Mars’s character arc, while somewhat predictable, is compelling nonetheless. She begins the story by just wanting to get away. That is not really an option. If it were, there wouldn’t be much of a story. As the disruptions in her life mount she meets up with a motley crew of scrappers who she grudgingly befriends. Mars’s relationship with this crew, Squid, Mookie, and Trix becomes an integral part of the plot and is important in helping to show Mars’s development. Without them, she’d just be a hard-ass.

Killing Gravity Has Action, Excitement, Death, And Heart

In any novel, but especially one like this, the characters are what matter. Yes, psychic powers and awesome weaponry are cool to read about. However, they are not enough to sustain this reader’s interest on their own. Luckily for me, Killing Gravity has plenty to offer beyond spectacle.

First, there is Mars. As I’ve already written, she is more than just a one dimensional waif or murder machine. She is a nuanced character who acts tough. And yeah, she is tough. But she is also sensitive, and near her emotional breaking point for the majority of the book. White makes the wise decision to give her emotional damage/vulnerabilities. These are necessary because her powers are so vast. As a voidwitch, she can crush entire starships, hurl meteors, and make heads explode. She’s dangerous, which is inherently cool. And sure, you can ride the coolness wave quite a ways. But there has to be more.

Beyond Mars’s fully rounded character, there are shocks and surprises throughout the novel. They don’t always succeed for me, but I appreciate their inclusion. White makes a genuine effort to play with readers’ expectations, and should be applauded. Sometimes, things were predictable, or not entirely refreshing. But, that’s okay. Not everything has to reinvent the wheel.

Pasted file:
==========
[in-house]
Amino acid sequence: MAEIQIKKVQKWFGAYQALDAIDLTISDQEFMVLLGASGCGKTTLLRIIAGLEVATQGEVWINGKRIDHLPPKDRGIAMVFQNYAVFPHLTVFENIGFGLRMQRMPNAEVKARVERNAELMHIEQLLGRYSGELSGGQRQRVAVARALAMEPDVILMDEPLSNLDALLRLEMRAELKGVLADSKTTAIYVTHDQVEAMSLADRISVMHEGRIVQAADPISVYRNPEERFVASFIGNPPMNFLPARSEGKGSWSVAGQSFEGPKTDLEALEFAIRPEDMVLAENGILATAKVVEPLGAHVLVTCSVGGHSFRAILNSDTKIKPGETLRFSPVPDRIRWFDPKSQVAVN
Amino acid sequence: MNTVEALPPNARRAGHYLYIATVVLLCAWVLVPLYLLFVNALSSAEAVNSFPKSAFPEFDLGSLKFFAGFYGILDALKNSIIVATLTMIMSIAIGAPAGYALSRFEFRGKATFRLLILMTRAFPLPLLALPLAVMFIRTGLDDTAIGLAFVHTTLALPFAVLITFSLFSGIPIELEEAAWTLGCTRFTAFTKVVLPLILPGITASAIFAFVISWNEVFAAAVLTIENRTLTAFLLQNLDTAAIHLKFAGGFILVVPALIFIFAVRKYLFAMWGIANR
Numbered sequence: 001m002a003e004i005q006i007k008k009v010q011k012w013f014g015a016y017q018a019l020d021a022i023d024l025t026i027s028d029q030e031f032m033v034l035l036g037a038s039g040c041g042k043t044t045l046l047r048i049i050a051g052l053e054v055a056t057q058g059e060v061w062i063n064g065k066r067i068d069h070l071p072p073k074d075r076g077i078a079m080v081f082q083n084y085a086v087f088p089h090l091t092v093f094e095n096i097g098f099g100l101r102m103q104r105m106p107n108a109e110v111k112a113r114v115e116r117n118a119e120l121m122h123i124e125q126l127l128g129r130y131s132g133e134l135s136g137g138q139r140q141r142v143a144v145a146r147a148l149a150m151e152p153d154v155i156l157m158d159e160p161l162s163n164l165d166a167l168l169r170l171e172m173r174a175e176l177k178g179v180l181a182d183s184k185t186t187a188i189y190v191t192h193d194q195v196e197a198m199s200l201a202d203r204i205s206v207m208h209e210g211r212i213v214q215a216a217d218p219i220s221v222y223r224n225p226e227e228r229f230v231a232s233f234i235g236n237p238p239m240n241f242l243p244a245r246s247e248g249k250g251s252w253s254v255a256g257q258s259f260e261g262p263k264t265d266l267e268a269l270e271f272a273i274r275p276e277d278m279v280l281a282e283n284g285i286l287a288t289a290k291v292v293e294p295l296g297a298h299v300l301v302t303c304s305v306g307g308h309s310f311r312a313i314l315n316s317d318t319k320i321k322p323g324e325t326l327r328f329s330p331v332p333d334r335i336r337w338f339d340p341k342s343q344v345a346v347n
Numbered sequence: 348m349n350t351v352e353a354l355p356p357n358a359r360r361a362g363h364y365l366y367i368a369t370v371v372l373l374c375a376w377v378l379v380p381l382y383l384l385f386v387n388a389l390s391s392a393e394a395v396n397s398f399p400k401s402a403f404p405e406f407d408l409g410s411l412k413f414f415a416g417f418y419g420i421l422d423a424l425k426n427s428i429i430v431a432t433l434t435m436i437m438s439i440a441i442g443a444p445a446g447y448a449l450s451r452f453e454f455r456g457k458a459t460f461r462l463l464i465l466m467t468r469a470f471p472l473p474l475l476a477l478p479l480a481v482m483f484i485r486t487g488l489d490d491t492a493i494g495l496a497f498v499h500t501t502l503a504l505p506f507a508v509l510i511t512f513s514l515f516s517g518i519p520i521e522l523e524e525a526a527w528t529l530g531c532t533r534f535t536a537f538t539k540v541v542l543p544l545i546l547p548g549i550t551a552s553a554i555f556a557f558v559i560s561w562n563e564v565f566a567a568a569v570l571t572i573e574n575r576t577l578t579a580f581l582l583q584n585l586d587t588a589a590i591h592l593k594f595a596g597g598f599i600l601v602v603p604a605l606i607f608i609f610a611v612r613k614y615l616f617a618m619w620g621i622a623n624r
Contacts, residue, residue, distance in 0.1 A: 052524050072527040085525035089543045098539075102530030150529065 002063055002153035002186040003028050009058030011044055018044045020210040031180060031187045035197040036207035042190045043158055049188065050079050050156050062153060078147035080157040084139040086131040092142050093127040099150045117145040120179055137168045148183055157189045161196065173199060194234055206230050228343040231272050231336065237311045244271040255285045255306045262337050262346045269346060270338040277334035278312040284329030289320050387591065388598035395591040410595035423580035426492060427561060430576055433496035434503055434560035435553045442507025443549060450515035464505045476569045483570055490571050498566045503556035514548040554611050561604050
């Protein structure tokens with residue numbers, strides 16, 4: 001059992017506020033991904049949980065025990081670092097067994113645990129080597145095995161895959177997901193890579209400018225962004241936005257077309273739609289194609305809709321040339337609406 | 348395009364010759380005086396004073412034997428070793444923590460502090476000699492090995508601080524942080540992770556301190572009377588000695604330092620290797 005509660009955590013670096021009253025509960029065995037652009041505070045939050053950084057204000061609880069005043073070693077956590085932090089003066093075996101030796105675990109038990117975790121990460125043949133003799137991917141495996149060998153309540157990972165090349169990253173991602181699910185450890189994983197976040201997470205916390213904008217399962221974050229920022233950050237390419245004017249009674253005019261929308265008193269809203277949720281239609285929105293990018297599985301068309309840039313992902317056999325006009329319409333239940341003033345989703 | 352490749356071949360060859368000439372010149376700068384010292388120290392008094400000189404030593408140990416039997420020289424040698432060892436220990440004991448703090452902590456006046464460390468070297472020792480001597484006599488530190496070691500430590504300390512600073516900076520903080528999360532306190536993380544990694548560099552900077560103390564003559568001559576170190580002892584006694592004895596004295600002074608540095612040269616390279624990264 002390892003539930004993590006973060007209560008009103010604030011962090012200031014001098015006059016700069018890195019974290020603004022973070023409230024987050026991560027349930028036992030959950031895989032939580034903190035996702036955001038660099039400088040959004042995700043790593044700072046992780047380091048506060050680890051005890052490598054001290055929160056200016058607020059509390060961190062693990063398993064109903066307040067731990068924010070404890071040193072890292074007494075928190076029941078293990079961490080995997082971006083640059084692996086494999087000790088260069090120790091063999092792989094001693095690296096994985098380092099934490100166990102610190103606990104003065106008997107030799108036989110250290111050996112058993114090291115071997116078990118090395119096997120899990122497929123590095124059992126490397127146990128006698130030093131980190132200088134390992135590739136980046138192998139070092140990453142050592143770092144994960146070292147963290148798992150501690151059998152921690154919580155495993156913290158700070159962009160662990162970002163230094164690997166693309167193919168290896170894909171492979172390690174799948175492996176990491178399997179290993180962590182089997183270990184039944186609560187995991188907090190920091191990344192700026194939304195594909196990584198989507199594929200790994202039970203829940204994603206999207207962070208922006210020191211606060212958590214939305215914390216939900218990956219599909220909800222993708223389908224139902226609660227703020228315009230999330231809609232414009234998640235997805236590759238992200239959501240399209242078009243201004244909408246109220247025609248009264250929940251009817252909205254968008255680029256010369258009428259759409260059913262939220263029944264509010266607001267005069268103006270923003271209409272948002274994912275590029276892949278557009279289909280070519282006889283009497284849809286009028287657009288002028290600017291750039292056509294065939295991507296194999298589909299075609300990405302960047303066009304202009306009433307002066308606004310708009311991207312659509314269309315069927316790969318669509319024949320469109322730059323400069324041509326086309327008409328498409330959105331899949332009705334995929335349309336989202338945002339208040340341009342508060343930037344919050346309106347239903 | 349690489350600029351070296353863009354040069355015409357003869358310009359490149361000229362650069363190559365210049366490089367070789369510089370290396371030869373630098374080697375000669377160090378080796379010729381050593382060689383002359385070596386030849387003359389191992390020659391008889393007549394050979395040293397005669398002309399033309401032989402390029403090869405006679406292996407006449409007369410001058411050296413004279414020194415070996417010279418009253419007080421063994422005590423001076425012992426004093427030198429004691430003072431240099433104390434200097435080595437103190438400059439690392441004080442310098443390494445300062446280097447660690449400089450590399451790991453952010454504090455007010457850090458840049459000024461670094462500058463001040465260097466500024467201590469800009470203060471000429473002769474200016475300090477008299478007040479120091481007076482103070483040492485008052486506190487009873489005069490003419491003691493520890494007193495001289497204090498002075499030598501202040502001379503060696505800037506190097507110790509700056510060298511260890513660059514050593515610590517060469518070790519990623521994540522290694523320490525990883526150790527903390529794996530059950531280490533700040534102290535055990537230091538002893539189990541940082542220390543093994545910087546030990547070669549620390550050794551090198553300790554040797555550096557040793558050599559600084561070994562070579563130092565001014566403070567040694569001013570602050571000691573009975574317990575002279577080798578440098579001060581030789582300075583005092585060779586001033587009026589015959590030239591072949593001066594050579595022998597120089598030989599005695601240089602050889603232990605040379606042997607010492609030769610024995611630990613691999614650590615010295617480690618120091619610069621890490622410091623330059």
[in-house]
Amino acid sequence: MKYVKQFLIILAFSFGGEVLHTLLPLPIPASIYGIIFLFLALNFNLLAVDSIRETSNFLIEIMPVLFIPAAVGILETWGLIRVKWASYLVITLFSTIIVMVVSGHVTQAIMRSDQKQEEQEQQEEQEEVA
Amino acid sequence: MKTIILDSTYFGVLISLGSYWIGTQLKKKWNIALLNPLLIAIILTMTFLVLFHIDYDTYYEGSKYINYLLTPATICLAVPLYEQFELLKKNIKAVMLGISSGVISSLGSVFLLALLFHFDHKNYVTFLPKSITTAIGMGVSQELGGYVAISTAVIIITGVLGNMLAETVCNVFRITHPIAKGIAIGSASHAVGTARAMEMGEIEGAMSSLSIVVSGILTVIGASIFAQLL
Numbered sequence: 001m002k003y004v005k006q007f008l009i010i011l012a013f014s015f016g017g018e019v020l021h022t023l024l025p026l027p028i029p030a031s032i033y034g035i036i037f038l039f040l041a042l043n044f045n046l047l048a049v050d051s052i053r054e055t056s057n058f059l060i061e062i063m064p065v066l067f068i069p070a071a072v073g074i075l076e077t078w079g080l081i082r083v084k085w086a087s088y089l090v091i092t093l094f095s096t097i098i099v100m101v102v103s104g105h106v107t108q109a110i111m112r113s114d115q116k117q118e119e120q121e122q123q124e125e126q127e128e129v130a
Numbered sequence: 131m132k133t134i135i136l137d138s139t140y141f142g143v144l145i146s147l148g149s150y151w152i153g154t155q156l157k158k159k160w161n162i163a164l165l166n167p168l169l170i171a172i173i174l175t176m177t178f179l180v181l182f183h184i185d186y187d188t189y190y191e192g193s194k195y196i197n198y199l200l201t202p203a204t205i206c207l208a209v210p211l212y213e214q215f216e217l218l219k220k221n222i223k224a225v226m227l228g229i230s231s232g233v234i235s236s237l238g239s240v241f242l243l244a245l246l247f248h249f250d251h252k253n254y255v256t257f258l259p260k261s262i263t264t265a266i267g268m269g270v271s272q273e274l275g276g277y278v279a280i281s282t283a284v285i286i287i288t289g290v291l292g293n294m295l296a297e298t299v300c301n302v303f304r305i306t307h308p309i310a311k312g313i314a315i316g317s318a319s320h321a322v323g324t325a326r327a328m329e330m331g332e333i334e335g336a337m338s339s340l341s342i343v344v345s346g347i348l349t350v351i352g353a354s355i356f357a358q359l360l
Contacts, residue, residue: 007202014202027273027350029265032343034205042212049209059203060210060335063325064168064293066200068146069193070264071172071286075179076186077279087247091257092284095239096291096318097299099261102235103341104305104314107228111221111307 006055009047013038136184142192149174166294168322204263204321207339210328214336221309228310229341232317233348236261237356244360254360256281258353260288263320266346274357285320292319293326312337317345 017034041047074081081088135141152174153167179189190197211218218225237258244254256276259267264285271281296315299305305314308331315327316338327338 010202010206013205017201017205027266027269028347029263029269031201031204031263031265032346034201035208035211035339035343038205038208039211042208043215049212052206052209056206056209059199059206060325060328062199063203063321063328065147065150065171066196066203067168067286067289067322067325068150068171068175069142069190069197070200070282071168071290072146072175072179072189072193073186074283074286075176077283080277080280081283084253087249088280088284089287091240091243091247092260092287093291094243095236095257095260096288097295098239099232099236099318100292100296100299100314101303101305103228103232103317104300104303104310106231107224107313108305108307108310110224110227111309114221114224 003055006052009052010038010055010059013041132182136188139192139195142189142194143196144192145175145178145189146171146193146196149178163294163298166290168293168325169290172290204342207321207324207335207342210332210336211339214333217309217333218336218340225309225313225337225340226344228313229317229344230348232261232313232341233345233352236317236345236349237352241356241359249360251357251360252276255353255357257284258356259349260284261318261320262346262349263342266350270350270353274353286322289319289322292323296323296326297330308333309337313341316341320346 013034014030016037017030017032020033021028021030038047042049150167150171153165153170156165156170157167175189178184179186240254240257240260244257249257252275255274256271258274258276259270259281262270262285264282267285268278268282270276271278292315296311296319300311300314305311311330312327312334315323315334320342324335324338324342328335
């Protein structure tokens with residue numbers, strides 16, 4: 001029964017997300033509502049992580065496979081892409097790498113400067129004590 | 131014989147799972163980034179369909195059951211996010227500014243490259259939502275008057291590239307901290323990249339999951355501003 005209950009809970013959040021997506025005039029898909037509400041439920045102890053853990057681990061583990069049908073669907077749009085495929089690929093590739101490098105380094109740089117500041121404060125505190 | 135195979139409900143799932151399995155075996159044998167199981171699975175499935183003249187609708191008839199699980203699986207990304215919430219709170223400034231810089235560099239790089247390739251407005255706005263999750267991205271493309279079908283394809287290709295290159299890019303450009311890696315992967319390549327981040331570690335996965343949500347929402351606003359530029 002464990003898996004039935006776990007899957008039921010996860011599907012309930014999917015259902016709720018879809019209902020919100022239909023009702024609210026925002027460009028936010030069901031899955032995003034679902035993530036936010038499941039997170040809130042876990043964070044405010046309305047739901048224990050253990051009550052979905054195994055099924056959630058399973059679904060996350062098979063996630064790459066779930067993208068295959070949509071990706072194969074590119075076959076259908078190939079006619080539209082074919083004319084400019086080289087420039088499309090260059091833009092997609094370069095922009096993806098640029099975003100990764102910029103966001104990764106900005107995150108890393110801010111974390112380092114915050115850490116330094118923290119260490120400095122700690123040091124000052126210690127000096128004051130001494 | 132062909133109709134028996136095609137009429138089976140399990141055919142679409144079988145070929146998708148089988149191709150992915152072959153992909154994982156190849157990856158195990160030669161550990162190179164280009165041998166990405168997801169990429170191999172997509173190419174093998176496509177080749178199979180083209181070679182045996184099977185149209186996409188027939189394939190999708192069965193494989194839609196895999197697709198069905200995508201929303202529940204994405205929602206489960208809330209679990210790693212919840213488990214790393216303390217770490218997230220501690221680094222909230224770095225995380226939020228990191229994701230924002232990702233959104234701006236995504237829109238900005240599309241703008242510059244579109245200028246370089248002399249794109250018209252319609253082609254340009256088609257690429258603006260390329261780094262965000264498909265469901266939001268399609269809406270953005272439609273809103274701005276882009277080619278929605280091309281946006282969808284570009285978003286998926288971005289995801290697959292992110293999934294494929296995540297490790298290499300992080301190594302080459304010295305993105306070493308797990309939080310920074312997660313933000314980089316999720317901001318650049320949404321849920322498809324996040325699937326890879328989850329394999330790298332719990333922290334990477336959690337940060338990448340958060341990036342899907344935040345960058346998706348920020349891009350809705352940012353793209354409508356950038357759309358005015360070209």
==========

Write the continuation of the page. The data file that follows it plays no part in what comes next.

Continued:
Plus, Killing Gravity has Seven, a weird cat-like creature with expandable guide flaps. I pictured it as kind of a cross between a kitty and a flying squirrel. Seven is Mars’s constant companion, and is one of the cutest critters ever to grace the page. She’s also quite dangerous when she needs to be.

Clean Prose, Good Descriptions

The prose in this novel is crisp and clean. White does a fantastic job of providing just the right amount of details to make the world come alive, but doesn’t overwhelm.

All in all this is a quick and enjoyable read with plenty of action, death, chills, and heart. It’s maybe not the most original piece of sci-fi I’ve read, but it does twist and turn the tropes of the genre in fun and exciting ways. It’s well worth the read.